- The Washington Times - Friday, September 14, 2018

Twitter CEO Jack Dorsey on Friday lamented that conservative employees at the social media giant “don’t feel safe” to freely express their political opinions at work.

“I mean, we have a lot of conservative-leaning folks in the company as well, and to be honest, they don’t feel safe to express their opinions at the company,” Mr. Dorseytold New York University professor Jay Rosen during Friday’s episode of “Recode Media with Peter Kafka.”

“They do feel silenced by just the general swirl of what they perceive to be the broader percentage of leanings within the company, and I don’t think that’s fair or right,” the Twitter chief said. “We should make sure that everyone feels safe to express themselves within the company, no matter where they come from and what their background is.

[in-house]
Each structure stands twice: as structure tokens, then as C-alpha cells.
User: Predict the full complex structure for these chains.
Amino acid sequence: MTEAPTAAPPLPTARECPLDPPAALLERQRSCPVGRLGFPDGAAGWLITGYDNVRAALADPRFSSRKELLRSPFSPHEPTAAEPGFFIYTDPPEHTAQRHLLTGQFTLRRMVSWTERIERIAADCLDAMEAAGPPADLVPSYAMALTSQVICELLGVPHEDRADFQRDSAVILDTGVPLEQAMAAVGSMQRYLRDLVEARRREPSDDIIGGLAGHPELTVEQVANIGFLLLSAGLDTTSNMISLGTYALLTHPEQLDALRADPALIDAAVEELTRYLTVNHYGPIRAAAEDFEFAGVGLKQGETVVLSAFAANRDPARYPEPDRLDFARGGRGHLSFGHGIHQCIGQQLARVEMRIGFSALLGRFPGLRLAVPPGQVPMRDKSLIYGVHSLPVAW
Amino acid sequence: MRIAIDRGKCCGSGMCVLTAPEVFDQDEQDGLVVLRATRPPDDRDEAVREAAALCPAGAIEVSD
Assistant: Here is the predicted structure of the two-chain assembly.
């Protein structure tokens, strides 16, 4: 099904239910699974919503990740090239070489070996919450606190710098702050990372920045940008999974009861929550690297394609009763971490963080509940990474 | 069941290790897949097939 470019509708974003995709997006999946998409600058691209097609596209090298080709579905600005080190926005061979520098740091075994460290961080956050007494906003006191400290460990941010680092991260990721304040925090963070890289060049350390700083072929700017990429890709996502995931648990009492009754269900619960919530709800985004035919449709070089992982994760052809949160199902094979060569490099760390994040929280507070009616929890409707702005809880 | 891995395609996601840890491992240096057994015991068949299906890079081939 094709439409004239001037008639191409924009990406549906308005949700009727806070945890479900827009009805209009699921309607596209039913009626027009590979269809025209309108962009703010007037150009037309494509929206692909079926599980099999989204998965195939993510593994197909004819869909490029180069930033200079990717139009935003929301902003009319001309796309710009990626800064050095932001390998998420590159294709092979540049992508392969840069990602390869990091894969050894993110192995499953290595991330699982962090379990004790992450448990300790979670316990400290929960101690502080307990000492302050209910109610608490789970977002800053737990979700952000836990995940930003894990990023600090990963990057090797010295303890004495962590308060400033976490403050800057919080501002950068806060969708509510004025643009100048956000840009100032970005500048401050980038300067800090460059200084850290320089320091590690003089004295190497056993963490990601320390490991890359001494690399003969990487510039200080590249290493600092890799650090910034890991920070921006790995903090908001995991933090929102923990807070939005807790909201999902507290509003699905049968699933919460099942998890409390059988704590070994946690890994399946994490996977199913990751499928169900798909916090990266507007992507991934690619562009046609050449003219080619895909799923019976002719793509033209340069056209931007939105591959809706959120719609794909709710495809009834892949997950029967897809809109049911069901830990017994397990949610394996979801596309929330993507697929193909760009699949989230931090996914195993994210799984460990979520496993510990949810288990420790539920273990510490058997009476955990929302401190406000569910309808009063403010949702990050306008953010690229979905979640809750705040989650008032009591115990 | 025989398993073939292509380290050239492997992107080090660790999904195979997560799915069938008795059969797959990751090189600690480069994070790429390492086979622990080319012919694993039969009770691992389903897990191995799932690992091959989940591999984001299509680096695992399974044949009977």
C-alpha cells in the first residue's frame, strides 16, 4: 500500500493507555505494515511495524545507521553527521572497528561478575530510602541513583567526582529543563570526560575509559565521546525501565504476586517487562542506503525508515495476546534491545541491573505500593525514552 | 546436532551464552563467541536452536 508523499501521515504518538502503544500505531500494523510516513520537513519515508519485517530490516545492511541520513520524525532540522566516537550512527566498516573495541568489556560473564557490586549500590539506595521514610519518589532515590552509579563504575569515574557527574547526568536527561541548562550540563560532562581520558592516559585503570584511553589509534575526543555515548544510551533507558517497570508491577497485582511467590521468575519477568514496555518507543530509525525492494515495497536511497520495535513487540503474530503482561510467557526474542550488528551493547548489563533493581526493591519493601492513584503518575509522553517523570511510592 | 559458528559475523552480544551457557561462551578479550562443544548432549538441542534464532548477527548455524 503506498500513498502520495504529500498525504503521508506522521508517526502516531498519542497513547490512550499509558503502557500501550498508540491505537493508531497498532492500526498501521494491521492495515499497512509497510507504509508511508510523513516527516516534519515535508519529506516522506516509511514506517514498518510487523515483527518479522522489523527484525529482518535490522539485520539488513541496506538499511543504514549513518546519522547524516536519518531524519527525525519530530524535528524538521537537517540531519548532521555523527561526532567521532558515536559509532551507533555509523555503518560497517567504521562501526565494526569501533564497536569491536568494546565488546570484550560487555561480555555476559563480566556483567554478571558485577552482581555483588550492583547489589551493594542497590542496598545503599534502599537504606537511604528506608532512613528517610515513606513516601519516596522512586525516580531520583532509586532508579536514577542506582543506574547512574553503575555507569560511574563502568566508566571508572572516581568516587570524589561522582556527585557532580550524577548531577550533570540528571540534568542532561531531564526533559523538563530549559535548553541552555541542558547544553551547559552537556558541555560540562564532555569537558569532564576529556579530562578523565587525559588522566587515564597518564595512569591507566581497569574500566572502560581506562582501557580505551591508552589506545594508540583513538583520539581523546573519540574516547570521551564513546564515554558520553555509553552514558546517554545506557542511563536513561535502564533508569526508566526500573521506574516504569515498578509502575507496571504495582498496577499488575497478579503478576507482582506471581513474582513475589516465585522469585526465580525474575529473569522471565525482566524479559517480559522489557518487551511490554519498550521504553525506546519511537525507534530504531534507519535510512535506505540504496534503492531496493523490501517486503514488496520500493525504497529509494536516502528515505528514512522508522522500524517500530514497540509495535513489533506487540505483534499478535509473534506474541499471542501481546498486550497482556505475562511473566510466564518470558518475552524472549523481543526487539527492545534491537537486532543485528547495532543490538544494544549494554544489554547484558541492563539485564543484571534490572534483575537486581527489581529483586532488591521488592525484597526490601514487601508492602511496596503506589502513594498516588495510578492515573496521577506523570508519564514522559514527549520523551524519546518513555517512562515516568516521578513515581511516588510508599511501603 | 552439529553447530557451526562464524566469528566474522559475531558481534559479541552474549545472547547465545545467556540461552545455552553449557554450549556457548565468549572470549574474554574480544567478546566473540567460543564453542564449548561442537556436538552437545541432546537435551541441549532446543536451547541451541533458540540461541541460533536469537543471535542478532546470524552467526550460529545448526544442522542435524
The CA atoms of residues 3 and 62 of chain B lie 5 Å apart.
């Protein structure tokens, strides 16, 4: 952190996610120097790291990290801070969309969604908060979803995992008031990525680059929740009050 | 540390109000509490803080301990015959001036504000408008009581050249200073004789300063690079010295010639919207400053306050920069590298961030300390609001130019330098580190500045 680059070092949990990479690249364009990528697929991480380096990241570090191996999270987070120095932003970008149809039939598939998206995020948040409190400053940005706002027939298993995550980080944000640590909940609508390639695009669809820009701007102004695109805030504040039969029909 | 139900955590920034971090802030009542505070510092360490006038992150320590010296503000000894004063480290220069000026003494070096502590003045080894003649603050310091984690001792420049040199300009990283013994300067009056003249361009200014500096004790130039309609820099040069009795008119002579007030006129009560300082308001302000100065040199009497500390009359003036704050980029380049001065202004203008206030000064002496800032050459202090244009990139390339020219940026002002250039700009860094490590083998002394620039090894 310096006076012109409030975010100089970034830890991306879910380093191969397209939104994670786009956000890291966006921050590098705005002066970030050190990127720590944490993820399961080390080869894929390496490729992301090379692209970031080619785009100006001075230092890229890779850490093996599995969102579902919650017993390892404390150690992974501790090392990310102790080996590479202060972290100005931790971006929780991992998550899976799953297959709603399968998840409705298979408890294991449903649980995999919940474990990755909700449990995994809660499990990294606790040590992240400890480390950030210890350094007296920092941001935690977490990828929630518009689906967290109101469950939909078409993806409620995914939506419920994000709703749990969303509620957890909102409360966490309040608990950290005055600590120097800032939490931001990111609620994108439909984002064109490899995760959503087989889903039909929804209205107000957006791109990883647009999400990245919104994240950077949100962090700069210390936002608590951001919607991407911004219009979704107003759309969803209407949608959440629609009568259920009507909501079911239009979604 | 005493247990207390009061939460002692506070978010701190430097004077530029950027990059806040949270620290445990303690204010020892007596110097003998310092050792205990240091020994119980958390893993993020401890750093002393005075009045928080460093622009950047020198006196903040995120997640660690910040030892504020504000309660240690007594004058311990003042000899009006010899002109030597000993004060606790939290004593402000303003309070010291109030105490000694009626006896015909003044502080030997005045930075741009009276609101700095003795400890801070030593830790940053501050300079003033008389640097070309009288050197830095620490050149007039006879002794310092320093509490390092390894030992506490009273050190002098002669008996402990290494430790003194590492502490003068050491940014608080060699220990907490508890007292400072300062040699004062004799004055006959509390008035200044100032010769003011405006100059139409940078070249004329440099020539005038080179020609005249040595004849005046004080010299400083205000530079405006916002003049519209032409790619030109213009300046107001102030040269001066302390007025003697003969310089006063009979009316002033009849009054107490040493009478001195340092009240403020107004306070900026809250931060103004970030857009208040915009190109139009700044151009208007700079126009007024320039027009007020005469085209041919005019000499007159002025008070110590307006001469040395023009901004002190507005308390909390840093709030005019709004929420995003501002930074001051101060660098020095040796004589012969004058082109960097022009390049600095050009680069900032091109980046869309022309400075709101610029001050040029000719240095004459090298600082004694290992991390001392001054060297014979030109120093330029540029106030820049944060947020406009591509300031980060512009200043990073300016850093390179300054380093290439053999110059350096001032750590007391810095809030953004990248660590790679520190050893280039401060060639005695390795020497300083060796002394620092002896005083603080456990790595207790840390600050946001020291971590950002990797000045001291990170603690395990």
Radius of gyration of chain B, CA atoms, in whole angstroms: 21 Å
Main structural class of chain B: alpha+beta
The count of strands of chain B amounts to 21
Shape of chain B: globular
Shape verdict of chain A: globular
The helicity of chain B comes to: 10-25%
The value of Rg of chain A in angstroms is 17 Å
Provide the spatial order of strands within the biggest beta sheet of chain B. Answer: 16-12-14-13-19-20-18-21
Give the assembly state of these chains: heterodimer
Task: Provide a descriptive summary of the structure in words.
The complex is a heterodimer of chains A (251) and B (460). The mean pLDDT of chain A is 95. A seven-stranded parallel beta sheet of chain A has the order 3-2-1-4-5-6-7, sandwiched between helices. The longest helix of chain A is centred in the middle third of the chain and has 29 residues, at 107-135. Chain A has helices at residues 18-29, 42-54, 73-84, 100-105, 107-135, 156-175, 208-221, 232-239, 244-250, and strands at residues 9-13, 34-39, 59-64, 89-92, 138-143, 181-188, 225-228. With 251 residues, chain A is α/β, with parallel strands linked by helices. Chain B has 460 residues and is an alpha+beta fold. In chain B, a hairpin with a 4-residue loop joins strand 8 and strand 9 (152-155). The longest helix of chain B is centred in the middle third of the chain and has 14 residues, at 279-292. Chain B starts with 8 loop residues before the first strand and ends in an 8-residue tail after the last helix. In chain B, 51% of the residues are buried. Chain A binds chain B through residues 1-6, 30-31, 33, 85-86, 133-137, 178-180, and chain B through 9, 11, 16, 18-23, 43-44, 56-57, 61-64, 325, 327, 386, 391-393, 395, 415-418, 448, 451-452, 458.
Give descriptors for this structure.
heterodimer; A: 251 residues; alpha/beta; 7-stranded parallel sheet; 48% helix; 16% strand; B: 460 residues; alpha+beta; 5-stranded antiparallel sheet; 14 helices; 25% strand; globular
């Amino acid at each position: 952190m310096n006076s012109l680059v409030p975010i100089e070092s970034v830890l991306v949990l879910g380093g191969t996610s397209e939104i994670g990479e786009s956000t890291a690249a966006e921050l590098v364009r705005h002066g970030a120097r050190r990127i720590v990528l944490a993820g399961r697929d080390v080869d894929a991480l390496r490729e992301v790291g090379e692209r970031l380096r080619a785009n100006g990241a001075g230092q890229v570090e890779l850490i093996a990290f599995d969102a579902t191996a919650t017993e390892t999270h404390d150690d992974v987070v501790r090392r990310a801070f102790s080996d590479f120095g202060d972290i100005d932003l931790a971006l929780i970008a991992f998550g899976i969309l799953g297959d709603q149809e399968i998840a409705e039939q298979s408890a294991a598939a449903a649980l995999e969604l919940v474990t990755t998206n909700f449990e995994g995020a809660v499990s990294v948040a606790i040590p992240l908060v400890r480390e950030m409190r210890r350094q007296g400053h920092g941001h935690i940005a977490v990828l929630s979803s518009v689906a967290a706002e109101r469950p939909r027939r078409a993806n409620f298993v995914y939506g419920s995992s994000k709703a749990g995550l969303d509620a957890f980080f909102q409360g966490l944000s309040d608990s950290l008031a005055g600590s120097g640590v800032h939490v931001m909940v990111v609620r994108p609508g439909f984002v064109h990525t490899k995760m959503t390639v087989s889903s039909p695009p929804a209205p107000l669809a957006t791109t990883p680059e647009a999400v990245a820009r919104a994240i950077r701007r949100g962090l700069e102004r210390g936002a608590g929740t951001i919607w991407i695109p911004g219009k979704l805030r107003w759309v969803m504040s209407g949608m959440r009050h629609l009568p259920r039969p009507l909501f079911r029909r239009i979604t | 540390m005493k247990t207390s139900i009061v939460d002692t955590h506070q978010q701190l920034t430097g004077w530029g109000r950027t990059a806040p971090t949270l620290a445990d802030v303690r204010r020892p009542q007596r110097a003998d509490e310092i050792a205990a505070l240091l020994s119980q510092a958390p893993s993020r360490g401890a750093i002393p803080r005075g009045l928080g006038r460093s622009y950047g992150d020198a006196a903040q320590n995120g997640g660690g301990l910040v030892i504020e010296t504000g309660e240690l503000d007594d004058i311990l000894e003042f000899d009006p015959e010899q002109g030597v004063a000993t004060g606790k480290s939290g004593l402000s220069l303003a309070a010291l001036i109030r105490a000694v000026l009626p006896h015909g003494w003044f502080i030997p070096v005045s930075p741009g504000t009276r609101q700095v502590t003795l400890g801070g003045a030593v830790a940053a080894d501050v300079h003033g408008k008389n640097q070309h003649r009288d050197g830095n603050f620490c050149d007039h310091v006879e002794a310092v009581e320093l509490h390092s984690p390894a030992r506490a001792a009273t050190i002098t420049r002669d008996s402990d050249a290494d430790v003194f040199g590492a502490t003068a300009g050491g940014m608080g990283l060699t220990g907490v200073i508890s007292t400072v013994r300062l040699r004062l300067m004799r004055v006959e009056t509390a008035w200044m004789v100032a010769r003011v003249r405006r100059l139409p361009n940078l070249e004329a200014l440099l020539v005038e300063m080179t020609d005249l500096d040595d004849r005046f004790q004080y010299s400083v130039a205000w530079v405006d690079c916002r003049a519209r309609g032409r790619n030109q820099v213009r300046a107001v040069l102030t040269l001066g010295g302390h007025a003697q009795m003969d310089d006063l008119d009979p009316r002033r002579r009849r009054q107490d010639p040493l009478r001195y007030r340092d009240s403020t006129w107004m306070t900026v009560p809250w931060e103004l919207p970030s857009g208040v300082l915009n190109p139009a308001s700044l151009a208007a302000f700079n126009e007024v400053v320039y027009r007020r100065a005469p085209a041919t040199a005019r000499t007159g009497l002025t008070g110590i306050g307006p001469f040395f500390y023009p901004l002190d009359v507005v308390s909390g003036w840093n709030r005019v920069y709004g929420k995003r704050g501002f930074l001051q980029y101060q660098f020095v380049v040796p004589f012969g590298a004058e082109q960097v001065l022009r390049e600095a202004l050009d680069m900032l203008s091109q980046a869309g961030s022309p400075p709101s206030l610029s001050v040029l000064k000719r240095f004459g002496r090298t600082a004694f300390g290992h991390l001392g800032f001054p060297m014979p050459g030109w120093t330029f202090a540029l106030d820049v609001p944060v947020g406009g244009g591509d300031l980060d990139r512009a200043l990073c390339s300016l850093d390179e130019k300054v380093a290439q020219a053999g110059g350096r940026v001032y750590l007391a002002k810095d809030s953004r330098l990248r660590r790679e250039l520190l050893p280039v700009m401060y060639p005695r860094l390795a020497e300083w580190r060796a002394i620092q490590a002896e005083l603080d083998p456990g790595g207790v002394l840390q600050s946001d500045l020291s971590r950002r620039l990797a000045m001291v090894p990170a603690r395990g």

“I mean, my dad was a Republican,” he added. “When I was growing up, was on the radio all the time with Rush Limbaugh and Sean Hannity, so my mom was on the opposite end of the spectrum … and I always felt safe to challenge both of them, especially my dad, and so it was definitely a privilege, but if we’re creating a culture that doesn’t enable people or empower people to speak up or not, we’re gonna be able to do that for our service.”

Last week, Mr. Dorsey defended Twitter on Capitol Hill against allegations of anti-conservative bias, telling Congress that his company builds policies and rules “with a principle of impartiality” and objectivity.

The CEO confirmed, however, that a since-fixed “bug” in Twitter’s internal algorithms was “unfairly filtering 600,000 accounts, including some members of Congress, in search autocomplete and results.


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